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April 08, 2022

How we approach internal design workflows

Internal design flow image

Our team put their heads together to collect 4 tips to design even better products and websites! Read all about how we use FigJam to gather content from our clients, the importance of interactive prototypes and how we speed up our workflow with FLOW.

TIP 1: use FigJam to collect content from your clients

If you have worked with Figma before, you know it works well for organising files, documenting progress and presenting projects. But when you’re still in the process of gathering content from your clients, it can be a little overwhelming for non-Figma users. Insert FigJam! A collaboration tool where you can copy-paste your screens from Figma. The best part is that you can copy those updated screens from FigJam to Figma and all your components will stay linked, all your prototype links will still work and all your styles will be respected.

Your clients can add their own copy without being intimidated by the Figma interface and without the fear of messing up the layout of the design. FigJam can become your new client interface. You also don’t have to pay for an extra seat with the open session” feature!

Screenshot of FigJam

TIP 2: use interactive components to create hyperrealistic prototypes

When you show your prototype to a client or user during a user test, you want to give them the full experience of what the design will look like and how it will behave. Instead of writing lines and lines of code, we can use interactions in Figma to achieve this.

Small details can make a prototype feel more realistic. We can use interactive components to switch between two variants; we use this for example to mimic working checkboxes. With the help of overflow scrolling we can give clients an even better feel of how their design will behave when it’s being used. You can scroll horizontally, vertically or in both directions through either the whole design or specific parts of it.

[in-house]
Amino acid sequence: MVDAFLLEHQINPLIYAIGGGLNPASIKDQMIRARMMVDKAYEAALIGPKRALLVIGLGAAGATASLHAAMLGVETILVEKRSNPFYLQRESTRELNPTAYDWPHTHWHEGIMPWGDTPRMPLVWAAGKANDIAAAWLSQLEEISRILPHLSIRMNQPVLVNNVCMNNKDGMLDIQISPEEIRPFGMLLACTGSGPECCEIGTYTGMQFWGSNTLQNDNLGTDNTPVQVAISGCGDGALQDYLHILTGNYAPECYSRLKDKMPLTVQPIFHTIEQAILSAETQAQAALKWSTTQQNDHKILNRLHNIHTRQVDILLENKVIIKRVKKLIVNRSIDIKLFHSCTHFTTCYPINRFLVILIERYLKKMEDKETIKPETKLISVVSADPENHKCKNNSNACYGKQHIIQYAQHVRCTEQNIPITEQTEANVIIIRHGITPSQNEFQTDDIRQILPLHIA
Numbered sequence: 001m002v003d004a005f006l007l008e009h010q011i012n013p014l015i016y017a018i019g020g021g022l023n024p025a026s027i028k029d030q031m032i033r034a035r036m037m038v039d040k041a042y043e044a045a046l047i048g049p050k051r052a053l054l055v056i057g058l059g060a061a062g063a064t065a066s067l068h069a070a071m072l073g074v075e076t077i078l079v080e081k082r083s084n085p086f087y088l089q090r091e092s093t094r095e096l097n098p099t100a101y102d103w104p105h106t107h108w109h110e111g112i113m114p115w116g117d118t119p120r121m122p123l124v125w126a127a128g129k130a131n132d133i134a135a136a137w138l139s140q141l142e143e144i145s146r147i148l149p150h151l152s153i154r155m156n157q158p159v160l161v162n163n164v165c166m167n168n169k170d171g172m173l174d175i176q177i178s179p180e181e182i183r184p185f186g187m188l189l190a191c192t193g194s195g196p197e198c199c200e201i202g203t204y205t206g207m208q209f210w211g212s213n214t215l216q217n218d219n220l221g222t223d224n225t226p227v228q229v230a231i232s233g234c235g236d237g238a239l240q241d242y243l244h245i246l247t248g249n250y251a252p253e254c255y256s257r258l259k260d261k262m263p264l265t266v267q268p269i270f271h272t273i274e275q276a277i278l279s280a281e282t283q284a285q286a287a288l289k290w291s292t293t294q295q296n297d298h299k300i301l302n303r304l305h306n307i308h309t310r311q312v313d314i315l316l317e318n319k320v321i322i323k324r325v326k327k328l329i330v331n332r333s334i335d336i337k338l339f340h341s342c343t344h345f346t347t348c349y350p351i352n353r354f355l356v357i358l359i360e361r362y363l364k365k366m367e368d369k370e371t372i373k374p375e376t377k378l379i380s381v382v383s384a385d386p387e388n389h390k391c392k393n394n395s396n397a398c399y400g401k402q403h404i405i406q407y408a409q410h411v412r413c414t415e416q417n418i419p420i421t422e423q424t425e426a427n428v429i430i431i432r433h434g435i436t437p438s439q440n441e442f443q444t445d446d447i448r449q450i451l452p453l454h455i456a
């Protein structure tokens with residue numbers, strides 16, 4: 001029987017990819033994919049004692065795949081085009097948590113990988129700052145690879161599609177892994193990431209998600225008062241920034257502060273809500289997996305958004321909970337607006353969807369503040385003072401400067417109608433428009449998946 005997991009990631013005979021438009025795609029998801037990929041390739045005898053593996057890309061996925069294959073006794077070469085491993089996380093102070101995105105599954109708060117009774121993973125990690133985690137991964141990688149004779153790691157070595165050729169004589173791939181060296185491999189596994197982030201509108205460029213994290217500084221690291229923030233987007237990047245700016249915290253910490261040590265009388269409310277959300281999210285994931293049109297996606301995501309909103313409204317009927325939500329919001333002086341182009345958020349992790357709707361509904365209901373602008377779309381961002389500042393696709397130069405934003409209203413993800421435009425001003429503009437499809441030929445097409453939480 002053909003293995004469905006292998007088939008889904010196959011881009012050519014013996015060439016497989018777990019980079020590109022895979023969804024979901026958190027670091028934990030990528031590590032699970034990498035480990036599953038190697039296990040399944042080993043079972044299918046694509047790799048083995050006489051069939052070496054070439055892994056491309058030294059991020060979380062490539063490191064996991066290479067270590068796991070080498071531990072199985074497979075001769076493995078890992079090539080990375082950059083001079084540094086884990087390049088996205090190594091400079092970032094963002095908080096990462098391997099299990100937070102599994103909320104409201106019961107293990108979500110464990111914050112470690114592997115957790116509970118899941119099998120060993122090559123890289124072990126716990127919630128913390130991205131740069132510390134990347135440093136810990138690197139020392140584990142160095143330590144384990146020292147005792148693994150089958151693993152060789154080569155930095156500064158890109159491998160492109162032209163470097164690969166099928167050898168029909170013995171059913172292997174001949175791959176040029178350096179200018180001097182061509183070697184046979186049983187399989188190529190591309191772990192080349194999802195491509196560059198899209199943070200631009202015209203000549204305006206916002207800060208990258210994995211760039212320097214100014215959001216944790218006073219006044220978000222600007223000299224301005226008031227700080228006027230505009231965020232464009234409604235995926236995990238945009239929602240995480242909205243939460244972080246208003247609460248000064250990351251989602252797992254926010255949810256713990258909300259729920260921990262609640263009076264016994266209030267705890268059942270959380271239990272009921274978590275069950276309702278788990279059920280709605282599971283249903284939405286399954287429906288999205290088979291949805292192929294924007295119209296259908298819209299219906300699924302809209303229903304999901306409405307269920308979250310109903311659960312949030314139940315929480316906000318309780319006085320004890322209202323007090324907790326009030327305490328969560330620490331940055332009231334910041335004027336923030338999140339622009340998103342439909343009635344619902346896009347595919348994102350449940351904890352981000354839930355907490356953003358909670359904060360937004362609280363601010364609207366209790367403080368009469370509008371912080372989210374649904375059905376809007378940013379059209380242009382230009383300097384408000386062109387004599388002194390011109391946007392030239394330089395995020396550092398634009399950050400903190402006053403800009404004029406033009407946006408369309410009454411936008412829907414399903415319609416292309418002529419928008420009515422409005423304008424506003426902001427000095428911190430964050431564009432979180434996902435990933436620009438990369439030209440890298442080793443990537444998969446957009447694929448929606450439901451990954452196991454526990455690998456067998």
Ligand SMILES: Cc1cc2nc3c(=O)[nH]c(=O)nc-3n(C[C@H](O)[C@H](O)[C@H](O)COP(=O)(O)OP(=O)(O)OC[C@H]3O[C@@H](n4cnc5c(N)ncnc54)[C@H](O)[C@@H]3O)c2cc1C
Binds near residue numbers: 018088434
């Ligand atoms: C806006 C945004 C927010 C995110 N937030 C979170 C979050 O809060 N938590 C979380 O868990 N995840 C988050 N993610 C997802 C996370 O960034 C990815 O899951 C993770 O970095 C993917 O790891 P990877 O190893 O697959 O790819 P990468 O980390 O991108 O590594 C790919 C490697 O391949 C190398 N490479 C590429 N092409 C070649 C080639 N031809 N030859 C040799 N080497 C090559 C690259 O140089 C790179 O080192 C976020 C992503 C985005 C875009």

Example of interactive components

TIP 3: use slot components for more consistency

The drag and drop interaction is always a tricky one to demo without going into code. Lucky for us, Figma offers an option to fake it by using smart animate and choosing animate on drag. You need 3 screens for the 3 states of this drag interaction: one default state, one where the dragged item is hovering in the drop zone and then the final one where the item is dropped in the drop zone. You can add a hover effect on the drop zone and some shadow on the item for even more realism.

Since user testing is a big part of our DNA, we want to maximise its effectiveness by adding small yet powerful interactions such as the aforementioned hover state or checkboxes. With these interactive components, your component will behave closely to their intended final state and the user doesn’t have to rely so much on their imagination. As a designer it also makes your life easier: you simply add the interaction once in the master component and it will have that interaction on every instance of the component.

Speaking of creating realistic designs: to avoid having to detach components to fit realistic content don’t hesitate to use slot components. They help you to adapt components to a particular context, since you can replace the content locally with relevant info. That .slot component can even be replaced with any component in any other file using that same library. Perfect to use with interchangeable content, like accordions. It works like magic!

Example of slot components

TIP 4: speed up your workflow with FLOW

If you’ve followed us for a while, you might have heard the name FLOW floating around. FLOW is our internal library of building blocks that can be used to build any interface quickly. FLOW makes our design process in Figma more efficient, because it lets us focus on the functional aspects and visual designs. Less time is lost remaking buttons or tweaking the wireframe. Since the start of FLOW, it has grown and grown: we’re working on the third edition already. We added helpers, documentation components, interaction examples as well as marketing components you can use to build websites.

Screenshot of the FLOW, Flexible Library for Optimised Wireframing

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